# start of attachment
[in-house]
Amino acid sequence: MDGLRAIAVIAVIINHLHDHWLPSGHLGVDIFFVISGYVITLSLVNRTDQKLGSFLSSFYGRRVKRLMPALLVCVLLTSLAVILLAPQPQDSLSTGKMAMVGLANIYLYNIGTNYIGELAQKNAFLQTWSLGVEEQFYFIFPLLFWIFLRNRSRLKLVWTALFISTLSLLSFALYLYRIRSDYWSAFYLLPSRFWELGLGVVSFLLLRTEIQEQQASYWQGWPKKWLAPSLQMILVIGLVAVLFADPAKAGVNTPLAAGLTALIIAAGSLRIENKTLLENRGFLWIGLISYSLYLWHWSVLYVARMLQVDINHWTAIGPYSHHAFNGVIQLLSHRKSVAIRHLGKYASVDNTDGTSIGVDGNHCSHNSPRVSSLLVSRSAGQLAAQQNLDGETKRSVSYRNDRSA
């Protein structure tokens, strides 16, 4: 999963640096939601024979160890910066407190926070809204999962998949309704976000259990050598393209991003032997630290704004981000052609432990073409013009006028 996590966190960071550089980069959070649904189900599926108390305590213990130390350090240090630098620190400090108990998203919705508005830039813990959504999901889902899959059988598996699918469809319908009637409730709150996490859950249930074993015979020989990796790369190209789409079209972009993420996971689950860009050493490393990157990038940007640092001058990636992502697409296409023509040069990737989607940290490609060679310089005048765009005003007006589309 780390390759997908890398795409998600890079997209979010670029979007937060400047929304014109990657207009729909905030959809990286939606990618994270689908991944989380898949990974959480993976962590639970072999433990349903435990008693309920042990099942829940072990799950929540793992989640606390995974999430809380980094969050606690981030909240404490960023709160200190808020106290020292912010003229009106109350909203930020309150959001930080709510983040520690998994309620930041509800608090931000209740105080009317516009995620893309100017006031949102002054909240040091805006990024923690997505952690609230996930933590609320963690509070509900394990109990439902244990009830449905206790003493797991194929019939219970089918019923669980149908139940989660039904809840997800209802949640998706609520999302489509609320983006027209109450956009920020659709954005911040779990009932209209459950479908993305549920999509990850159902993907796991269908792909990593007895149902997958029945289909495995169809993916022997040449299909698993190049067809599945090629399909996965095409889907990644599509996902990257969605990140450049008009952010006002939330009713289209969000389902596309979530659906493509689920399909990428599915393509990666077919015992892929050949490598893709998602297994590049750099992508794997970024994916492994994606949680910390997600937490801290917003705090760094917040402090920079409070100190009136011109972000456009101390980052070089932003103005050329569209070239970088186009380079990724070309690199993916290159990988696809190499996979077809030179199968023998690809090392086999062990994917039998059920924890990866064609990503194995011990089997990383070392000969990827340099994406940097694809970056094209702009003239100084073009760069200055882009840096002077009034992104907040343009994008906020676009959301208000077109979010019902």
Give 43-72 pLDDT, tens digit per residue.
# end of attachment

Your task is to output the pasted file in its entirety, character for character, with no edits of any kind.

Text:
[in-house]
Amino acid sequence: MDGLRAIAVIAVIINHLHDHWLPSGHLGVDIFFVISGYVITLSLVNRTDQKLGSFLSSFYGRRVKRLMPALLVCVLLTSLAVILLAPQPQDSLSTGKMAMVGLANIYLYNIGTNYIGELAQKNAFLQTWSLGVEEQFYFIFPLLFWIFLRNRSRLKLVWTALFISTLSLLSFALYLYRIRSDYWSAFYLLPSRFWELGLGVVSFLLLRTEIQEQQASYWQGWPKKWLAPSLQMILVIGLVAVLFADPAKAGVNTPLAAGLTALIIAAGSLRIENKTLLENRGFLWIGLISYSLYLWHWSVLYVARMLQVDINHWTAIGPYSHHAFNGVIQLLSHRKSVAIRHLGKYASVDNTDGTSIGVDGNHCSHNSPRVSSLLVSRSAGQLAAQQNLDGETKRSVSYRNDRSA
């Protein structure tokens, strides 16, 4: 999963640096939601024979160890910066407190926070809204999962998949309704976000259990050598393209991003032997630290704004981000052609432990073409013009006028 996590966190960071550089980069959070649904189900599926108390305590213990130390350090240090630098620190400090108990998203919705508005830039813990959504999901889902899959059988598996699918469809319908009637409730709150996490859950249930074993015979020989990796790369190209789409079209972009993420996971689950860009050493490393990157990038940007640092001058990636992502697409296409023509040069990737989607940290490609060679310089005048765009005003007006589309 780390390759997908890398795409998600890079997209979010670029979007937060400047929304014109990657207009729909905030959809990286939606990618994270689908991944989380898949990974959480993976962590639970072999433990349903435990008693309920042990099942829940072990799950929540793992989640606390995974999430809380980094969050606690981030909240404490960023709160200190808020106290020292912010003229009106109350909203930020309150959001930080709510983040520690998994309620930041509800608090931000209740105080009317516009995620893309100017006031949102002054909240040091805006990024923690997505952690609230996930933590609320963690509070509900394990109990439902244990009830449905206790003493797991194929019939219970089918019923669980149908139940989660039904809840997800209802949640998706609520999302489509609320983006027209109450956009920020659709954005911040779990009932209209459950479908993305549920999509990850159902993907796991269908792909990593007895149902997958029945289909495995169809993916022997040449299909698993190049067809599945090629399909996965095409889907990644599509996902990257969605990140450049008009952010006002939330009713289209969000389902596309979530659906493509689920399909990428599915393509990666077919015992892929050949490598893709998602297994590049750099992508794997970024994916492994994606949680910390997600937490801290917003705090760094917040402090920079409070100190009136011109972000456009101390980052070089932003103005050329569209070239970088186009380079990724070309690199993916290159990988696809190499996979077809030179199968023998690809090392086999062990994917039998059920924890990866064609990503194995011990089997990383070392000969990827340099994406940097694809970056094209702009003239100084073009760069200055882009840096002077009034992104907040343009994008906020676009959301208000077109979010019902």
Give 43-72 pLDDT, tens digit per residue.